SEJONG, Dec. 15 (Korea Bizwire) – South Korea posted a trade surplus for the 46th month in a row in November as imports dropped at a much faster pace than exports, customs data showed Tuesday.
According to data from the Korea Customs Service (KCS), the country’s trade surplus reached a record high of US$10.32 billion last month, up nearly two-fold from the $5.26 billion reported a year earlier. The total was also up sharply from the $6.6 billion reported for October.
Exports were down 4.8 percent on-year to $44.38 billion last month, while imports plunged 17.6 percent to $34.06 billion. In November 2014, exports hit $46.6 billion, with imports standing at $41.34 billion.
South Korea’s trade account has been in the black since February 2012.
Last month, exports of ships, car parts and wired telecommunications terminal equipment all rose, while numbers for semiconductors, passenger cars, refined petroleum products, mobile communication devices and displays fell.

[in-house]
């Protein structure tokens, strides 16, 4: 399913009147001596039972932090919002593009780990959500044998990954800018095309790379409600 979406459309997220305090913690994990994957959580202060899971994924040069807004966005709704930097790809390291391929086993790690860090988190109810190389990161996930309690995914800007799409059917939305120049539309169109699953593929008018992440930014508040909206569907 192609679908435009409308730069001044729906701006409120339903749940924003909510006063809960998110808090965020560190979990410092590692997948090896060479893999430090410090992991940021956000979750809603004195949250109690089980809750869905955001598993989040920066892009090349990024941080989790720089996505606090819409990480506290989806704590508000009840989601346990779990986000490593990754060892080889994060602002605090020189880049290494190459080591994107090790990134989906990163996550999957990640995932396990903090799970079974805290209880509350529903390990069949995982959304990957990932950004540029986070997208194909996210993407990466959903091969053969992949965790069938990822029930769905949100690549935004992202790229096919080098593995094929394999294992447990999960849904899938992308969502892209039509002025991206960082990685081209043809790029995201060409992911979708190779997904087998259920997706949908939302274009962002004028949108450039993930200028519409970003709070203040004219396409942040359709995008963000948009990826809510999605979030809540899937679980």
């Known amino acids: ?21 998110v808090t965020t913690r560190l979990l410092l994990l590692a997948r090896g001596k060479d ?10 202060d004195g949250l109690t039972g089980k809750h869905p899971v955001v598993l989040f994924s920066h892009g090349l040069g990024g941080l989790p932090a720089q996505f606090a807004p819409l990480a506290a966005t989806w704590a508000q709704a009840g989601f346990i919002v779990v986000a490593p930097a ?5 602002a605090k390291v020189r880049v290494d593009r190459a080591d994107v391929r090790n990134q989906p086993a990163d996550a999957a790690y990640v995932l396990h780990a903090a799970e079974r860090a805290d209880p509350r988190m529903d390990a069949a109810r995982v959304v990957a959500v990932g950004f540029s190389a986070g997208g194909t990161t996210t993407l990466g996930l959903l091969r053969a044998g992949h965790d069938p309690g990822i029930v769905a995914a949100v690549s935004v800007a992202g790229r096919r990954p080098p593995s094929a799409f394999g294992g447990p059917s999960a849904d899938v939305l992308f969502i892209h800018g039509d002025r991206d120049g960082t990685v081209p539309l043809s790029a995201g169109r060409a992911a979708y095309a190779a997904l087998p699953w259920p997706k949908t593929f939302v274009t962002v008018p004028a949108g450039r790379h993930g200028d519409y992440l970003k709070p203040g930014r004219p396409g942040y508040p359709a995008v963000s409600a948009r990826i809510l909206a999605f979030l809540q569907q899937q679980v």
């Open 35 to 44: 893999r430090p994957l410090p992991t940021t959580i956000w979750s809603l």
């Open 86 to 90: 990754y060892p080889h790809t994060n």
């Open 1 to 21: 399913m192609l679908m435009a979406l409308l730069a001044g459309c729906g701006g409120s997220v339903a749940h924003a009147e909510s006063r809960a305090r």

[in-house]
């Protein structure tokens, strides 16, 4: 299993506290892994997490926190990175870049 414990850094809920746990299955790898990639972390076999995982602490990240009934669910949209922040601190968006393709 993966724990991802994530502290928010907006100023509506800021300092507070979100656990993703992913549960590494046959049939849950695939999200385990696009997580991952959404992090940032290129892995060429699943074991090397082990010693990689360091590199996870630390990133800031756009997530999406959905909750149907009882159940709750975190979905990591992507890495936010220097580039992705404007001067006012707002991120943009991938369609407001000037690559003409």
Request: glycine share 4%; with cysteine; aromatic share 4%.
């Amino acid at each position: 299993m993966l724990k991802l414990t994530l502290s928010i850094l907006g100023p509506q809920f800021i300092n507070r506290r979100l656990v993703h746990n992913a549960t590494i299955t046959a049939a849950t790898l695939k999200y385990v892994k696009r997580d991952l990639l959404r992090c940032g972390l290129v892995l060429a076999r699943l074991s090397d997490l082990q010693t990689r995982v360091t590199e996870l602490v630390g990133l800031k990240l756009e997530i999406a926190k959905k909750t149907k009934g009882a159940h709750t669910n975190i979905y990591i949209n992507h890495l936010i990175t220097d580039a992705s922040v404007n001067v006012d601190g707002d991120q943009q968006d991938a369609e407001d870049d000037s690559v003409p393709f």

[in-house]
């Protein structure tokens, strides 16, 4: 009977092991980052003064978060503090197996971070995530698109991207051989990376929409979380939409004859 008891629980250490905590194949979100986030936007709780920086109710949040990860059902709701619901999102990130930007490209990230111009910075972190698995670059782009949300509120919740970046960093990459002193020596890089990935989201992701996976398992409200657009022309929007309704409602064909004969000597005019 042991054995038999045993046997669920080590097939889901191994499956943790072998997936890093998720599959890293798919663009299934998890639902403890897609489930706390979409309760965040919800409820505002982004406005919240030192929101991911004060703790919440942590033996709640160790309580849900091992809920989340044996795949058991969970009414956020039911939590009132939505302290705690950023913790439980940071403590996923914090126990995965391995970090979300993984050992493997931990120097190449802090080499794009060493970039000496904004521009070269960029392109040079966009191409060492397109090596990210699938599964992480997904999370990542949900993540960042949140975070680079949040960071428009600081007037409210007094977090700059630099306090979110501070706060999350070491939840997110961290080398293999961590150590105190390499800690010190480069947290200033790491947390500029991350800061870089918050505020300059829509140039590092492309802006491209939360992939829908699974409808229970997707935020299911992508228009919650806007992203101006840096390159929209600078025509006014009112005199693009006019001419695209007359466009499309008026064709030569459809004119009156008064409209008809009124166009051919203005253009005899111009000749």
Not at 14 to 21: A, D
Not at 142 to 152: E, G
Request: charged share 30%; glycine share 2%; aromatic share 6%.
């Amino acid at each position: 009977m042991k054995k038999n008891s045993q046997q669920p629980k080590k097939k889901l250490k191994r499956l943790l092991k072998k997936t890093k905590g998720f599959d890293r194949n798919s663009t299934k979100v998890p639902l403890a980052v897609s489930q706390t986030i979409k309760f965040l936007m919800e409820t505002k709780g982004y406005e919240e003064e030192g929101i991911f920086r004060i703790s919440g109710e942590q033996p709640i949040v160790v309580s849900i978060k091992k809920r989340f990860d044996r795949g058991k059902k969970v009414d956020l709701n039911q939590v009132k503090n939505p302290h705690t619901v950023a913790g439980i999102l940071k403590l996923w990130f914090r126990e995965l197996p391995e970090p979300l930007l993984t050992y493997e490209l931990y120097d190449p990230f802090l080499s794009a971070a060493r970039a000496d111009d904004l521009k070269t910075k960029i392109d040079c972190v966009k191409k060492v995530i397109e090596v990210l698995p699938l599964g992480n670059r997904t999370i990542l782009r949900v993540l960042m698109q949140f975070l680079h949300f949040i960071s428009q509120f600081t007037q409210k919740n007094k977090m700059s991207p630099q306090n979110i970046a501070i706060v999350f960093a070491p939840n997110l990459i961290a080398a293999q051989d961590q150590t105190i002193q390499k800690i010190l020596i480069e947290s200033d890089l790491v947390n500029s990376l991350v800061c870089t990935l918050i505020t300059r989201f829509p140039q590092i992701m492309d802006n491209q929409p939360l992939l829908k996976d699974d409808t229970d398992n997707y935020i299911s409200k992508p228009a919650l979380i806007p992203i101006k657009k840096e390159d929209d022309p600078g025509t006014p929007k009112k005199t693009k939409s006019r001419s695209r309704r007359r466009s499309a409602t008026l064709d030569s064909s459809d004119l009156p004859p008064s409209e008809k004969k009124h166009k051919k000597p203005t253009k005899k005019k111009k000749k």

Outbound shipments of wired telecommunications devices and ships soared 53.8 percent and 135.5 percent, respectively, with car parts edging up 1.5 percent on-year.’
Exports of semiconductors and automobiles were down 9.8 percent and 9.2 percent, with shipments of mobile devices backtracking 14.9 percent.
By region, exports to the European Union and Australia moved up 52.5 percent and 9.4 percent each. Numbers for China, South Korea’s No. 1 export market, were down 6.8 percent, with figures for the United States falling 12.4 percent on-year.
Inbound shipments of crude oil, chemicals, machinery and steel products all declined last month. Crude oil, which accounts for a sizable part of South Korea’s imports, plunged 47.2 percent on-year. On the plus side, imports of computer chips and information technology products rose.
Inbound goods from China rose 2.2 percent last month, although numbers for the U.S., EU, the Middle East, Japan, Australia and Latin America fell compared to the year before.
In the 11 months of 2015, South Korea’s cumulative exports reached $484.5 billion, down 7.4 percent from a year earlier, while imports came to $401.3 billion, representing a 16.7 percent drop.
In the January-October period, the country’s trade surplus stood at $83.2 billion, much larger than the $41.6 billion in the black posted for the same period in 2014, according to the KCS data. The surplus for this year has already exceeded the total for the whole of 2014, which stood at $47.2 billion.